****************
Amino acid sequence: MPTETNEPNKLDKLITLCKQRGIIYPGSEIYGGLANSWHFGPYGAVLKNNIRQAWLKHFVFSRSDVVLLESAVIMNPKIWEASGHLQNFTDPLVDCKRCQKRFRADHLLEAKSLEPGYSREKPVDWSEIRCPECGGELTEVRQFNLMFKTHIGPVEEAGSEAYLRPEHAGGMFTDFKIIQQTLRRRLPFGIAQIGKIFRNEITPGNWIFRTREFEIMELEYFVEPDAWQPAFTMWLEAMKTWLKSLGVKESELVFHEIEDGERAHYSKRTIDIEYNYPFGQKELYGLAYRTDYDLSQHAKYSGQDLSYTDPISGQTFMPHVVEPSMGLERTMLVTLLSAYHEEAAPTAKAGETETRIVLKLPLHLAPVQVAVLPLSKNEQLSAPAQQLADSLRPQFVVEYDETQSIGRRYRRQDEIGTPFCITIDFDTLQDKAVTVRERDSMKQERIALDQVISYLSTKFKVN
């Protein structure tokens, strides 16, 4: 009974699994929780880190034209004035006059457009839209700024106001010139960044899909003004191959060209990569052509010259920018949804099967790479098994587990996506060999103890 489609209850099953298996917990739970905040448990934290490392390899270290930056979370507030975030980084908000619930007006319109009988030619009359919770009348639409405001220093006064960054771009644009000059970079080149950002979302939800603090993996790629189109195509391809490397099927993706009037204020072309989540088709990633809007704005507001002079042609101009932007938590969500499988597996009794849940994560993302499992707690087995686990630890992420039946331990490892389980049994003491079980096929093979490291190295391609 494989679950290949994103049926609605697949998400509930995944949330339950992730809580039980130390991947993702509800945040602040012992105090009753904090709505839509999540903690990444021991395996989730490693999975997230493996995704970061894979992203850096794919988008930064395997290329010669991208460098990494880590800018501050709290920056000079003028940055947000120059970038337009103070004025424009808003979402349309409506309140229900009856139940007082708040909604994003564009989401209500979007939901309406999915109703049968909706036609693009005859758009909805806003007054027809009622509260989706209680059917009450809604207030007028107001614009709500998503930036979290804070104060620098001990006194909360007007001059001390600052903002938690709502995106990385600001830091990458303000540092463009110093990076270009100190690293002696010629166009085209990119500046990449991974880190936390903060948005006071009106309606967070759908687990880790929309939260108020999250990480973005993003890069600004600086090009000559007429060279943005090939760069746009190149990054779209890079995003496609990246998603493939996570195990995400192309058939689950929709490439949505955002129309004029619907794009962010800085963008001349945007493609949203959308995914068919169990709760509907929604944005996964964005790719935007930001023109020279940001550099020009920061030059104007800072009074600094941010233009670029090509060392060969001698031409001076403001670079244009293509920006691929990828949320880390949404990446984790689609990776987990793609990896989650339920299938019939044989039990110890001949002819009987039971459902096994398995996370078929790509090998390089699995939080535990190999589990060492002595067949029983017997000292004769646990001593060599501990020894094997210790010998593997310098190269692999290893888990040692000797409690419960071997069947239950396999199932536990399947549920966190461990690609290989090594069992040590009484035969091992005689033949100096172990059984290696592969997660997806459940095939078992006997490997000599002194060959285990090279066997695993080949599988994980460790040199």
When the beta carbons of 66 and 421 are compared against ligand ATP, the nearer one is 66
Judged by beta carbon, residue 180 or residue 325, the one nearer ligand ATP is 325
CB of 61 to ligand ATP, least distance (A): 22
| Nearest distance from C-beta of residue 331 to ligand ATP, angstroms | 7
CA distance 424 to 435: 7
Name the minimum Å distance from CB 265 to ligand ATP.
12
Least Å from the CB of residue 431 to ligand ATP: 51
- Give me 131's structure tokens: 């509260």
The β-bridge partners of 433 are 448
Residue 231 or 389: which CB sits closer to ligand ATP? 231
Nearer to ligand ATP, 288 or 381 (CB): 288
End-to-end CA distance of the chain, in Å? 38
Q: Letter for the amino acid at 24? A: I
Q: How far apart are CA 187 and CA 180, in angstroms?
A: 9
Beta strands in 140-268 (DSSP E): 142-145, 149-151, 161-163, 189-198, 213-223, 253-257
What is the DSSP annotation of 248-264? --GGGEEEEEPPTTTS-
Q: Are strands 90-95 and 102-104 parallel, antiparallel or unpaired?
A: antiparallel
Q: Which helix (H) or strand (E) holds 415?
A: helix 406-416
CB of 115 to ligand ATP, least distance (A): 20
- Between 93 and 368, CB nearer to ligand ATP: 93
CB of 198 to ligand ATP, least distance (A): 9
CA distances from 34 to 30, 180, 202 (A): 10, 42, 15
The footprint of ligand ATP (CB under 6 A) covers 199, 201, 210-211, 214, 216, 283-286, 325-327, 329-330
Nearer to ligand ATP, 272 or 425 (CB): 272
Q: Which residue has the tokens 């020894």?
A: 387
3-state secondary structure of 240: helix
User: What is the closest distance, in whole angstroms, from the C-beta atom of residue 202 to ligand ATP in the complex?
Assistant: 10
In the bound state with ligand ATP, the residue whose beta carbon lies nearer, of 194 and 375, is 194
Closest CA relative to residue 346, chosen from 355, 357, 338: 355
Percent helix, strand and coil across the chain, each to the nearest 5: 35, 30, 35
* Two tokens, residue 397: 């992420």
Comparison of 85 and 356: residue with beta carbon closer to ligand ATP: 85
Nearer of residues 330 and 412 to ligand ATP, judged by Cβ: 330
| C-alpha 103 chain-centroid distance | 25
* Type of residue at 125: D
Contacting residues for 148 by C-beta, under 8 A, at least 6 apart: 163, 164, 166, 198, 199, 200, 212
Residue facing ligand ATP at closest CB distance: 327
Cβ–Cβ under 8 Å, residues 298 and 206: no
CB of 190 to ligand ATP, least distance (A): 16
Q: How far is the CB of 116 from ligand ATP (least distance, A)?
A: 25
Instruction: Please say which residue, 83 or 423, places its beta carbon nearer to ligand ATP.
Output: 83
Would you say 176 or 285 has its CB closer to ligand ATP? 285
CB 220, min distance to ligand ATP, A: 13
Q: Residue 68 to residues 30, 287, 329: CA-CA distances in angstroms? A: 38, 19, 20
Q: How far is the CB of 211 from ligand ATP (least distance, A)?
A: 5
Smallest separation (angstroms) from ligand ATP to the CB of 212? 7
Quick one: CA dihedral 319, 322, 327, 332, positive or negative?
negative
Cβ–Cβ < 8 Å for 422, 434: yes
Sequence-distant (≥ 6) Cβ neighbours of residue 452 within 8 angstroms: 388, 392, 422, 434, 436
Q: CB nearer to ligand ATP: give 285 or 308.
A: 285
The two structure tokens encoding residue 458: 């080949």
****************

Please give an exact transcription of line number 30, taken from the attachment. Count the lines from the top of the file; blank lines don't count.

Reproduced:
Nearer to ligand ATP, 272 or 425 (CB): 272